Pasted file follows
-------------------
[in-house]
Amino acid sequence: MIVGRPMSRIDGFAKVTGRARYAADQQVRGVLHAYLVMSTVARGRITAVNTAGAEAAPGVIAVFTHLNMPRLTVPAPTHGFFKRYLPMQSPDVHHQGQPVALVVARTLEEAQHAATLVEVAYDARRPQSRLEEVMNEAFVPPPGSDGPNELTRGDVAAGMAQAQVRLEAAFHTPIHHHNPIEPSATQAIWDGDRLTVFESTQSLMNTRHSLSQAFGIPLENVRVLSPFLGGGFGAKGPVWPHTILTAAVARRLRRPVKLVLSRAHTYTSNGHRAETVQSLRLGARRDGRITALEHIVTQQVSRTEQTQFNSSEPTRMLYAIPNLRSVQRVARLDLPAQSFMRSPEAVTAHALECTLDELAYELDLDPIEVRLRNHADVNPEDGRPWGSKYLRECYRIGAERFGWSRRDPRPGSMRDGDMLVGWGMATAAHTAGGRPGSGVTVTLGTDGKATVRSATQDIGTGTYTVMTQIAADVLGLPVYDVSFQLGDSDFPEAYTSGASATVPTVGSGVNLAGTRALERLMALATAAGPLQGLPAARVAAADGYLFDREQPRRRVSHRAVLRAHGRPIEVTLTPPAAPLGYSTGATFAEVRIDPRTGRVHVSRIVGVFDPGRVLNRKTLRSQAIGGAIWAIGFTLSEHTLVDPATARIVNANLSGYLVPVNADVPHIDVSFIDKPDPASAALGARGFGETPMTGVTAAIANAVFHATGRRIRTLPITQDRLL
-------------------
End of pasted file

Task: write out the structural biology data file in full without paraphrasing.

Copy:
[in-house]
Amino acid sequence: MIVGRPMSRIDGFAKVTGRARYAADQQVRGVLHAYLVMSTVARGRITAVNTAGAEAAPGVIAVFTHLNMPRLTVPAPTHGFFKRYLPMQSPDVHHQGQPVALVVARTLEEAQHAATLVEVAYDARRPQSRLEEVMNEAFVPPPGSDGPNELTRGDVAAGMAQAQVRLEAAFHTPIHHHNPIEPSATQAIWDGDRLTVFESTQSLMNTRHSLSQAFGIPLENVRVLSPFLGGGFGAKGPVWPHTILTAAVARRLRRPVKLVLSRAHTYTSNGHRAETVQSLRLGARRDGRITALEHIVTQQVSRTEQTQFNSSEPTRMLYAIPNLRSVQRVARLDLPAQSFMRSPEAVTAHALECTLDELAYELDLDPIEVRLRNHADVNPEDGRPWGSKYLRECYRIGAERFGWSRRDPRPGSMRDGDMLVGWGMATAAHTAGGRPGSGVTVTLGTDGKATVRSATQDIGTGTYTVMTQIAADVLGLPVYDVSFQLGDSDFPEAYTSGASATVPTVGSGVNLAGTRALERLMALATAAGPLQGLPAARVAAADGYLFDREQPRRRVSHRAVLRAHGRPIEVTLTPPAAPLGYSTGATFAEVRIDPRTGRVHVSRIVGVFDPGRVLNRKTLRSQAIGGAIWAIGFTLSEHTLVDPATARIVNANLSGYLVPVNADVPHIDVSFIDKPDPASAALGARGFGETPMTGVTAAIANAVFHATGRRIRTLPITQDRLL